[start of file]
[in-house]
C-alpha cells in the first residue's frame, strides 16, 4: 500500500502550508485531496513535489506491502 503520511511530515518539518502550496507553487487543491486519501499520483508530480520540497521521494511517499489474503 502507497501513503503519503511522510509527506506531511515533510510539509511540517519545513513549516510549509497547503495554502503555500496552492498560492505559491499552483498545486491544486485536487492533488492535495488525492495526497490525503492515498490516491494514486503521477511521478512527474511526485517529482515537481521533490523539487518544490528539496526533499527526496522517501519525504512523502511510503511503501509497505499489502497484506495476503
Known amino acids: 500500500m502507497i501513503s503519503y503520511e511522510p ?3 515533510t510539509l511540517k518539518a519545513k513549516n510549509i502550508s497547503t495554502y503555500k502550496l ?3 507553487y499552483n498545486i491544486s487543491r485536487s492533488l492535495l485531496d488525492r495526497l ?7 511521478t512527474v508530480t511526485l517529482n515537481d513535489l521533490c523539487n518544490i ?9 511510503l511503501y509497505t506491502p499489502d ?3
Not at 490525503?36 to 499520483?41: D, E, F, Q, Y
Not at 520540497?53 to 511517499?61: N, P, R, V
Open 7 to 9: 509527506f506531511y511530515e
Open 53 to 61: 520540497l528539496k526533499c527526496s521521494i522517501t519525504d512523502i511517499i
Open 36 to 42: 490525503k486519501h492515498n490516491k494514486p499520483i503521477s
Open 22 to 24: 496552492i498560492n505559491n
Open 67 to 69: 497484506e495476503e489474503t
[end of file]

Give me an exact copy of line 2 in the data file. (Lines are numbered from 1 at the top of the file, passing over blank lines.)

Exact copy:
C-alpha cells in the first residue's frame, strides 16, 4: 500500500502550508485531496513535489506491502 503520511511530515518539518502550496507553487487543491486519501499520483508530480520540497521521494511517499489474503 502507497501513503503519503511522510509527506506531511515533510510539509511540517519545513513549516510549509497547503495554502503555500496552492498560492505559491499552483498545486491544486485536487492533488492535495488525492495526497490525503492515498490516491494514486503521477511521478512527474511526485517529482515537481521533490523539487518544490528539496526533499527526496522517501519525504512523502511510503511503501509497505499489502497484506495476503